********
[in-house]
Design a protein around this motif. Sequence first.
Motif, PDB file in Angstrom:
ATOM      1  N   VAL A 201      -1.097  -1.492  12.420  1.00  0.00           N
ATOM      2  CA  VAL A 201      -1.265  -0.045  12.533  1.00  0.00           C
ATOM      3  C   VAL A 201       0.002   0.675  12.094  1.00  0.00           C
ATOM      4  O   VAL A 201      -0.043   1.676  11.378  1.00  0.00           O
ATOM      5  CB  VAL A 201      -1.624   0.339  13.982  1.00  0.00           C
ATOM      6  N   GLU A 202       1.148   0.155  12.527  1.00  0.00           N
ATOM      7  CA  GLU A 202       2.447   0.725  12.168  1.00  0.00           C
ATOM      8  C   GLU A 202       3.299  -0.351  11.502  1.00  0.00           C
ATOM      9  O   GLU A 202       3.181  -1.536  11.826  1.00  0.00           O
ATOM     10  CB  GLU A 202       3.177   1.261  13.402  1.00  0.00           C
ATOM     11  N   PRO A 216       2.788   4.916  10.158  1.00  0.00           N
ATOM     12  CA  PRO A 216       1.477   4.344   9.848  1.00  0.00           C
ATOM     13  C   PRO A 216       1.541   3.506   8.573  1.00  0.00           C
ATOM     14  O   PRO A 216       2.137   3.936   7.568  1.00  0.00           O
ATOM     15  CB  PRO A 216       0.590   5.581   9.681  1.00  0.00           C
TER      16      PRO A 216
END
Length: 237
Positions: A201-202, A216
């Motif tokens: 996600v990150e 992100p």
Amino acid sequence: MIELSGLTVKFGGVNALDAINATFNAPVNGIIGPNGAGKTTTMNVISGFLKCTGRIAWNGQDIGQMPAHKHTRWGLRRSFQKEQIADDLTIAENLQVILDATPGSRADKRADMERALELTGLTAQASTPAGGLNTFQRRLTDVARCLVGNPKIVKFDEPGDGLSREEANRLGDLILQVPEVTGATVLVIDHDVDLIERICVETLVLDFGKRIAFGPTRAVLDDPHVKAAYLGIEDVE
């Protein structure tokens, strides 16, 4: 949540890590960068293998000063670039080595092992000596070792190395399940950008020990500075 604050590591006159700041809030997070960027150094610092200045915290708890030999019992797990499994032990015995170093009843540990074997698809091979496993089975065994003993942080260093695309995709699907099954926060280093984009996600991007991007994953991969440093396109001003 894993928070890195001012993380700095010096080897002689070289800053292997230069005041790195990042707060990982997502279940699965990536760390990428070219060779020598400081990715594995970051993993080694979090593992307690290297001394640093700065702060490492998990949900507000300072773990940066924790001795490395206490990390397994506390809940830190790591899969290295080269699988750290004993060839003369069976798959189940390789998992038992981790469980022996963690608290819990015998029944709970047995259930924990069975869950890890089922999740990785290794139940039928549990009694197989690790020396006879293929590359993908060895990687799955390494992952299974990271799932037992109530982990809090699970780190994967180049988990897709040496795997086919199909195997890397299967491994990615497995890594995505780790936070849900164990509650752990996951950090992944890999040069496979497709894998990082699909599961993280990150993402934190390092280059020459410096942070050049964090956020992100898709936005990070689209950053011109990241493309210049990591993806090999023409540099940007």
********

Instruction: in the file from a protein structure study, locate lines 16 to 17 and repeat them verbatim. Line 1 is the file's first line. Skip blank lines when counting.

ATOM     13  C   PRO A 216       1.541   3.506   8.573  1.00  0.00           C
ATOM     14  O   PRO A 216       2.137   3.936   7.568  1.00  0.00           O